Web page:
Most Irish university graduates are employed in either Dublin or Cork nine months after graduating, according to a new report conducted by the Higher Education Authority (HEA). The survey also found that employment prospects continue to improve for those with a higher education qualification.
In total 18,299 level 8 and above graduates responded to the survey. 54% of those who graduated from an Irish university with a degree are employed in Ireland, 8% are employed overseas, 31% are in further studies, 3% are unavailable to work and less than 5% are currently seeking employment.
Dublin is the most popular graduate destination with 42% of respondents are employed in the Dublin region. The southwest, Cork and Kerry region, takes the second spot with 17%. Only 4% of graduates are finding employment in the southeast, 3% in the border region and 2% in the midlands.
Of the survey’s respondents, 77% of females are employed compared to 66% of males. Additionally, 63% of males are employed in Ireland compared to 74% of females.
In terms of salaries, 40% of Honours Bachelor Degree graduates command a salary of less than €25,000. However this is a 7% decrease from last year’s cohort. The Highest proportion of those earning over €37,000 or over are in the South East, with 11%. Arts and Humanities Honours Bachelor Degree graduates are the lowest earners with 15% earning less than €13,000. Overall, ICT, Engineering, Manufacturing and Construction and Health and Welfare Honours Bachelor Degree graduates are the highest earners with 38%, 28% and 28% of such graduates earning €33,000 or over respectively.
For those employed in Ireland the most common sector of employment for Honours Bachelor Degree graduates is the Non-Market Services sector at 30%. This is followed by Business, Finance and Insurance Services at 26%.
The general trend in improved employment prospects for graduates has been holding up with the proportion of graduates now finding work in Ireland is back at pre-recession levels with 70% of all graduates finding employment. Commenting on the report, Dr Graham Love, Chief Executive of the HEA said: “The evidence continues to point to a higher education qualification meaning that you are less likely to be unemployed and tend to have a higher starting salary.”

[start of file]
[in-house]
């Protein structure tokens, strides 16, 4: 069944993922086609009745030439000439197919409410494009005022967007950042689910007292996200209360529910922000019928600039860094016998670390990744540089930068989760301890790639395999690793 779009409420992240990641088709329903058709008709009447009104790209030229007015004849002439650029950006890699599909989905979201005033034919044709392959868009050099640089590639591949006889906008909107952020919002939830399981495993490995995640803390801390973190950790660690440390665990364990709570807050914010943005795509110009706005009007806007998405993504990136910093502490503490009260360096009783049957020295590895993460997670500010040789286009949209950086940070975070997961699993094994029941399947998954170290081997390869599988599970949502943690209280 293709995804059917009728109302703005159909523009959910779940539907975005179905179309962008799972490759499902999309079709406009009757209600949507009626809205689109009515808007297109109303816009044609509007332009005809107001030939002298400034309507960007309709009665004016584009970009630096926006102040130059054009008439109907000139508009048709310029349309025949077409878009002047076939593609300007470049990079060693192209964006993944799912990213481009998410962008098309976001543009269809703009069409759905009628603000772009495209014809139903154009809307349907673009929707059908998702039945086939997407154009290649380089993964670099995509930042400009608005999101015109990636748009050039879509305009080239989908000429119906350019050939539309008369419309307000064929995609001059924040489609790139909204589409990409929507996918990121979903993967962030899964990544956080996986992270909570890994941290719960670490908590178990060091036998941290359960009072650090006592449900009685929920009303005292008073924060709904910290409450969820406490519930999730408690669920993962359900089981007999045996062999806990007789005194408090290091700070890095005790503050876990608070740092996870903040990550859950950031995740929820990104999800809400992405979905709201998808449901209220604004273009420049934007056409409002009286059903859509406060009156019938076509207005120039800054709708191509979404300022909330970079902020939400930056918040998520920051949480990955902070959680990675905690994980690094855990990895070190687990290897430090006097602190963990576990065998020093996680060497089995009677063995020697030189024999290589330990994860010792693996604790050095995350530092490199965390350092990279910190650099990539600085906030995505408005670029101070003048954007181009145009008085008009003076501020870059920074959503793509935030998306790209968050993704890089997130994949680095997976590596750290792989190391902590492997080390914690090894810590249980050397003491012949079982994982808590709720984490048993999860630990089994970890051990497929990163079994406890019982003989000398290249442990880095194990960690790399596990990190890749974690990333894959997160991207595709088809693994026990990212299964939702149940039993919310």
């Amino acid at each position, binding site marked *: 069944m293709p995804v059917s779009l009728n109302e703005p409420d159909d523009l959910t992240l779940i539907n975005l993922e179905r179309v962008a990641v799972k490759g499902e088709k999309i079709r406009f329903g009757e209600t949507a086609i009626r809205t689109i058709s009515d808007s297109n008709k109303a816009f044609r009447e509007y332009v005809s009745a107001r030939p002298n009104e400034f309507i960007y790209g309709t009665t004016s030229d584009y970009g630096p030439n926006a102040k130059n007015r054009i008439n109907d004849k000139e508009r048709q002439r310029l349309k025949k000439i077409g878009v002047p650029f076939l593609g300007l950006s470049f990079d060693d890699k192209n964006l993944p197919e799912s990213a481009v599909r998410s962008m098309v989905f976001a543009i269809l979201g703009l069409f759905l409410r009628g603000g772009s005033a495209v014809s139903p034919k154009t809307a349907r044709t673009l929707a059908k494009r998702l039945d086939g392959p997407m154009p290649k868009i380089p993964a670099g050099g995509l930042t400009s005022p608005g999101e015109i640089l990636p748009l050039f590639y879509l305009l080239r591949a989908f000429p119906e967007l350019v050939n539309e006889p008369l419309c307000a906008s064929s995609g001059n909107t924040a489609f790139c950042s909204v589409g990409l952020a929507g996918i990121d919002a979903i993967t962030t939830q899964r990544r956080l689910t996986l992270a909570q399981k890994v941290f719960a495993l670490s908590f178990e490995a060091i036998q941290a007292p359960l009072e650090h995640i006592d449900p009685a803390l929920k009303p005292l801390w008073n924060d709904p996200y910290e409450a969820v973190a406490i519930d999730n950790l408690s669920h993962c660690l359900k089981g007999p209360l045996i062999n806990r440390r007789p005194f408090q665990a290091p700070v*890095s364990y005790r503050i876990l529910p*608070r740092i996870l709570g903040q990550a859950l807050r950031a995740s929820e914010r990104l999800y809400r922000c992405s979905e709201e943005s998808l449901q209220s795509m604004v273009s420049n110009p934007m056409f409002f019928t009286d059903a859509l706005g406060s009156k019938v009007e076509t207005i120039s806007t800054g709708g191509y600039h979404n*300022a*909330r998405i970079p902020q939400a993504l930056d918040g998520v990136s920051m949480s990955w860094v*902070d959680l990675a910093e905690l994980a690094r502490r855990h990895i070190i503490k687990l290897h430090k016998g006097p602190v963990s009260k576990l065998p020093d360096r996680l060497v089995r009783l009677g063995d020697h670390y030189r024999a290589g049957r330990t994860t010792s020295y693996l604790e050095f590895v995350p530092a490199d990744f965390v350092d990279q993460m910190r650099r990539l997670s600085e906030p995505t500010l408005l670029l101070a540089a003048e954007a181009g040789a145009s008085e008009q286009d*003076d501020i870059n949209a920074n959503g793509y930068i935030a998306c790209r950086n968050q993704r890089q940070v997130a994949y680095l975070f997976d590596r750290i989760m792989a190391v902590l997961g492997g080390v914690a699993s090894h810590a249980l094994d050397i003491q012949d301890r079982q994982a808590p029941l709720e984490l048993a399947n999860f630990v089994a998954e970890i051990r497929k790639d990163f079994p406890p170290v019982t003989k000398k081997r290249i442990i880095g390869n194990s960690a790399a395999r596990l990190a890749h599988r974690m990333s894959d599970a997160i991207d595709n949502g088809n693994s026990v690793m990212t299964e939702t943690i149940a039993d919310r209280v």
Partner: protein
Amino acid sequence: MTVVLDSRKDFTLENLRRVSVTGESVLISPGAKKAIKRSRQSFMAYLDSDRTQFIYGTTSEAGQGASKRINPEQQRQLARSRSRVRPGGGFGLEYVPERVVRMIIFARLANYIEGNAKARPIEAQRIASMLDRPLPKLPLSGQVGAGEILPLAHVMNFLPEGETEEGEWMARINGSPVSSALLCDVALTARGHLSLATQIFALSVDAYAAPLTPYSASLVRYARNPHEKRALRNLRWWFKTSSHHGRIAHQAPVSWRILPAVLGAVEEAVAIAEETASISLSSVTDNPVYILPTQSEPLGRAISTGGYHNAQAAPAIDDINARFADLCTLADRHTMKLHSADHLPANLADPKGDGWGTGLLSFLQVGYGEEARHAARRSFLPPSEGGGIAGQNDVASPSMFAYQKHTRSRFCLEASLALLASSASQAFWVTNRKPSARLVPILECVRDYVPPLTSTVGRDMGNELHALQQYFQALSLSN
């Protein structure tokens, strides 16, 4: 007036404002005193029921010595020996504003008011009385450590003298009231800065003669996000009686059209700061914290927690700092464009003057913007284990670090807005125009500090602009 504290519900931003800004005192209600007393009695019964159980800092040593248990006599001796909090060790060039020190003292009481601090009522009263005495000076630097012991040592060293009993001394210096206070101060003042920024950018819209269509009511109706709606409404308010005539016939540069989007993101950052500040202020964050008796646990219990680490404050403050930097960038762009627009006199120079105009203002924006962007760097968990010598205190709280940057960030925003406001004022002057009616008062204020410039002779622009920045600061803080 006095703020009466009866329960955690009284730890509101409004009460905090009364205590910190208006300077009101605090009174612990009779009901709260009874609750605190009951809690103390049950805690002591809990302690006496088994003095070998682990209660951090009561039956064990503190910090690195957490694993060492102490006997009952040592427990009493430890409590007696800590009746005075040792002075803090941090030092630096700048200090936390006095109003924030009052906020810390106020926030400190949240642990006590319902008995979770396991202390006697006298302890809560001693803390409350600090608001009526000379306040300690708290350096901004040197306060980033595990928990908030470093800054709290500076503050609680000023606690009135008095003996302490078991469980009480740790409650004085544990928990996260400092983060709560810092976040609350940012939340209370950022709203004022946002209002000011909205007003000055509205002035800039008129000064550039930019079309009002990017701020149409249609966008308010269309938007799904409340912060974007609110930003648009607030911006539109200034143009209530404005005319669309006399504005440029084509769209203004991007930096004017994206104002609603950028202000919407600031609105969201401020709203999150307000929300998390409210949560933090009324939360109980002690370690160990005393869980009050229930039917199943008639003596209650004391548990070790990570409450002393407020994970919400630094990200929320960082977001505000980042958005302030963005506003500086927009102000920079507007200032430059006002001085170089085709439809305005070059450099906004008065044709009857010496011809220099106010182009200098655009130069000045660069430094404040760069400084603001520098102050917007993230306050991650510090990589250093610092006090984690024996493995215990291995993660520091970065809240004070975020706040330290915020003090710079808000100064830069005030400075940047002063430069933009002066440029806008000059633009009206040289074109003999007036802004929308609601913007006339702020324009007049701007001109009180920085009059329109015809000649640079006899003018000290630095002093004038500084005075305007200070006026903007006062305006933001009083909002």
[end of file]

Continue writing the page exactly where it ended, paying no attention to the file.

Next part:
He also pointed out the the regional disparity in employment prospects must be addressed. “There is a challenge, however, for us to create more graduate employment opportunities outside of Dublin and Cork in order to ensure better regional development.” Dr Love said the planned development of Technological Universities will play a role in addressing this.
Four institutions are currently applying to become a technological university: Technological University for Dublin (TU4 Dublin), Connacht Ulster Alliance (CUA), Munster Technological University (MTU), and Technological University for the South-East (TUSE). In November, Minister for Higher Education, Mary Mitchell O’Connor, announced the allocation of €6.3 million towards the development of institutions progressing to this status. TU4 Dublin will be an amalgamation of Dublin Institute of Technology (DIT), Institute of Technology Tallaght (ITT) and Institute of Technology Blanchardstown (ITB), and will be located at Grangegorman Campus in Dublin.